I love art, music (mostly singing, but listening as well) and now spend much of my time writing for Retrospect; a cultural triple threat.
I have written over 250 stories on everything from my first job; Posing in 3-D, to the harrowing story of my grandparents’ escape from the 1906 Russian pogroms to their trip across the Atlantic Ocean, arriving on Ellis Island and making their way to Toledo , Ohio where Grandpa opened a jewelry store and flourished; My Grandparents’ Story .Thinking of him, I am truly moved and grateful when I exercise my constitutional freedoms of religion and the right to vote. Both seem increasingly imperiled at the moment.
I recently read a long, interesting article by Timothy Snyder in The New York Times Magazine about those (particularly in southern states) who are trying to dictate how history is taught, making it illegal to teach “critical race theory”. He calls these “memory laws” and the article is entitled “The War on History is a War on Democracy”. He likened it to Stalin during the post-war famine in Ukraine, and Nazi Germany. We cannot re-write history. It does not bode well for our country. I WANT to know about my own history and that of my country. The more informed I am, the better citizen I can be.
I began singing with the Newton Community Chorus in 2003, once my husband retired and could stay home on Monday nights so I could practice. We’ve sung everything from Bach to Mozart to spirituals. Of course COVID kept us apart these past 18 months. Some tried the electronic programs available, but I didn’t, for various reasons.
I miss my friends in chorus very much (we number between 60 and 90, depending on the popularity of the music we are performing that semester; Mozart and Brahms always gets a great turnout). There has been one email that seems to indicate we will try to gather again, even wearing masks, but much is up in the air. Will we be allowed into the parochial school where we rehearsed before? Will we be able to perform in January? Who will return (Newton has one of the highest vaccination rates in the country, so I’m sure we are all vaccinated, but still…singing in close quarters). Much remains to be seen, but I am hopeful. Now the Delta variant has raised its ugly head, so who knows.
I began singing as a small child – the classic Broadway musicals. Though my mother has been gone over a decade now, when she moved into the skilled nursing section of her retirement community, I got to know the music director, who invited me to work up a musical routine with her and we performed familiar Broadway show tunes for the residents a few times a year. Most were truly out of it, but some would sing along and my mother just beamed. The songs were always upbeat. I’d encourage participation on “Do, a Deer”, usually began with “Put on a Happy Face” and end with “Let Me Entertain You” (but only brandishing a scarf). Even after my mother died, I continued to go and entertain for five more years, until the music director retired. I felt like I was doing something good for the community and the staff really appreciated me. It feels good to be appreciated doing something I enjoy.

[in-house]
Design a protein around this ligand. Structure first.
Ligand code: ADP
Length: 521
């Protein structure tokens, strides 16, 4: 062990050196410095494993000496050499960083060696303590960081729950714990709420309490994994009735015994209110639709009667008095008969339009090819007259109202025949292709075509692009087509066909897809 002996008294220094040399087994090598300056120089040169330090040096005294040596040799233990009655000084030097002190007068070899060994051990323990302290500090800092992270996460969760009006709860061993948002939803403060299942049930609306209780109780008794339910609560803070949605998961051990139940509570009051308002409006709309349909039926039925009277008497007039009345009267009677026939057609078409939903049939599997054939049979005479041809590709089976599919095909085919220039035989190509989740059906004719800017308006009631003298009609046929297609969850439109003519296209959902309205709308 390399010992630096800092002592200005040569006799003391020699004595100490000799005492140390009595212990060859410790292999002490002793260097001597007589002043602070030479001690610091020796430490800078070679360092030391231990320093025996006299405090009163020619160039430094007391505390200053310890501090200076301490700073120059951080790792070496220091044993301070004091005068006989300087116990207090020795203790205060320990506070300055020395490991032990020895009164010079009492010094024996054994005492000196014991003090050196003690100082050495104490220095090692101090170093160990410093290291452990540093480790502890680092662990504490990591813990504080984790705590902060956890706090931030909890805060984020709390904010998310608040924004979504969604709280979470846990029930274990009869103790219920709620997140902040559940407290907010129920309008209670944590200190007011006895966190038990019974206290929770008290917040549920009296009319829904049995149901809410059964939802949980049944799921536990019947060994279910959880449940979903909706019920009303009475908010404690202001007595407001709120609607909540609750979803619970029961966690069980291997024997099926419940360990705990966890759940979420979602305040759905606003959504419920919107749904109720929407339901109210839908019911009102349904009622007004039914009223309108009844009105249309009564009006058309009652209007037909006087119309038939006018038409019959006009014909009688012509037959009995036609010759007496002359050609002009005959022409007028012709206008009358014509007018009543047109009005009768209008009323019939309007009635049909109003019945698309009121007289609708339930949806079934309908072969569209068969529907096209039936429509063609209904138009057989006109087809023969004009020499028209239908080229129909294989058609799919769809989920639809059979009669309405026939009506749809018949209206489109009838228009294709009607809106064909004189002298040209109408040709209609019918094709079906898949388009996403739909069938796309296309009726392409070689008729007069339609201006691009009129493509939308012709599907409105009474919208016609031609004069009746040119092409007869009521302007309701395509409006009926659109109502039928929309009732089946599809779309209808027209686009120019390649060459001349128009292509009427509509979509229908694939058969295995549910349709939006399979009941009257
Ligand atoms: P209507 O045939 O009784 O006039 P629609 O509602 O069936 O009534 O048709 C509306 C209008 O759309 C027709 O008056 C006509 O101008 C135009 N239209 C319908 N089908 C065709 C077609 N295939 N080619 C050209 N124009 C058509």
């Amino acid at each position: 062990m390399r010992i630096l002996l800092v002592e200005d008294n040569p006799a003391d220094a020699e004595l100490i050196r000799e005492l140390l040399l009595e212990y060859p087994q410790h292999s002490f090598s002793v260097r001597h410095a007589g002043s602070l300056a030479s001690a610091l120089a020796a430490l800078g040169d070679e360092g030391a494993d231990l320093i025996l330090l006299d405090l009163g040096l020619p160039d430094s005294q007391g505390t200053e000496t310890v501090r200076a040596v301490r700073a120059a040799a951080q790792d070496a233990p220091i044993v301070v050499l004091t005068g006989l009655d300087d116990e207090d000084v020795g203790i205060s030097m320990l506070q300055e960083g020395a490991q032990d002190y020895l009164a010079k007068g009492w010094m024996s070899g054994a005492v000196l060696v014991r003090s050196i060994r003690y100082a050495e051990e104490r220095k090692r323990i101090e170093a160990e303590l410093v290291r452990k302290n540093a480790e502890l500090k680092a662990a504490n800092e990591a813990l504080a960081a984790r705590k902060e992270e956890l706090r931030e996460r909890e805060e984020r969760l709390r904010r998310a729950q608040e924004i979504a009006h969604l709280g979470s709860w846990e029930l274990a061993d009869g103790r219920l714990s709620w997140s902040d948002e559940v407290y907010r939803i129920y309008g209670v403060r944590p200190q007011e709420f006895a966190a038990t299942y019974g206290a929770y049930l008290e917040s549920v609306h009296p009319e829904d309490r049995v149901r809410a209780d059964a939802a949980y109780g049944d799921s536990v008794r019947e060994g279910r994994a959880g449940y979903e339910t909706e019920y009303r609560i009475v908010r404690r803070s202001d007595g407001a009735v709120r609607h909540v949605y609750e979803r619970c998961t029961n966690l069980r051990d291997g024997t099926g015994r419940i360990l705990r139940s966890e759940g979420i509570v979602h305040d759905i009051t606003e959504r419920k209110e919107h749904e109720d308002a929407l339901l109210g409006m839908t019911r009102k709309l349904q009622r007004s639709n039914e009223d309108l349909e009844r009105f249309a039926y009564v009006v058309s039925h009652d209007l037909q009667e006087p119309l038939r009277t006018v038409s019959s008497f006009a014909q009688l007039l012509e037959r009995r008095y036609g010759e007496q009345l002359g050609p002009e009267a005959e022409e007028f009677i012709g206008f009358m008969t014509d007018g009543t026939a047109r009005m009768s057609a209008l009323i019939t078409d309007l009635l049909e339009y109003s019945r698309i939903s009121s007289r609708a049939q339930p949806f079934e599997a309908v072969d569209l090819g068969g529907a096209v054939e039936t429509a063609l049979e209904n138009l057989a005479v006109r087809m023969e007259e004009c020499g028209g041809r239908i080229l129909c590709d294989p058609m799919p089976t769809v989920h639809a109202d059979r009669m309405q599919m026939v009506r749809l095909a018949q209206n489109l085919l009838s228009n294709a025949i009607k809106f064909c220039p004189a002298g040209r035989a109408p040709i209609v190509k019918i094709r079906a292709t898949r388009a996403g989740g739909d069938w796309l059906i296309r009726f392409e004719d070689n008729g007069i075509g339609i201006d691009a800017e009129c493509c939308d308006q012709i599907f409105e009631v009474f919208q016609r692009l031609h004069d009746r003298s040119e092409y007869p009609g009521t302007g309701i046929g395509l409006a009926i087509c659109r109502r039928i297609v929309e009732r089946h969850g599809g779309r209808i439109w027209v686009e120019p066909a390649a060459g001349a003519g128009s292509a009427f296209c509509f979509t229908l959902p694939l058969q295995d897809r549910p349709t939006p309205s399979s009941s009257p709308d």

As I wrote in the “art and art museums” prompt earlier this year, I am a life-long devotee of both art and museums, but the Rose Art Museum (as seem above) at Brandeis has attracted my time and attention for over 30 years. I became an active member when Vicki was seven months old and a Board member 24 years ago (with a few gaps along the way). One could say it is an all-consuming hobby. In addition to loving the shows and learning about the art, I thoroughly enjoy being part of the acquisition process. My husband and I are no longer very active in the art market, so this is the way I can stay active and continue to learn about what is going on there. I keep current and alive. I am involved in two collections committees there.
One, the Sam Hunter Emerging Artist Committee, only considers work of “emerging artists” (a term we constantly debate), but what fun to look at. The committee works on a annual basis, looking at work in depth for about seven months, then going through another in-depth dive on the final candidates and a ballot selection process, until finally, by the end of the year, we determine a single work to add to the Rose’s collection. We have made some memorable purchases; several now on display in the 60th anniversary show. It is a fun activity every year.
I am a life-long learner. Whether being active at the Rose, writing for pleasure or singing new music, these are all ways to use my brain; fun hobbies that keep me moving forward.
Retired from software sales long ago, two grown children. Theater major in college. Singer still, arts lover, involved in art museums locally (Greater Boston area). Originally from Detroit area.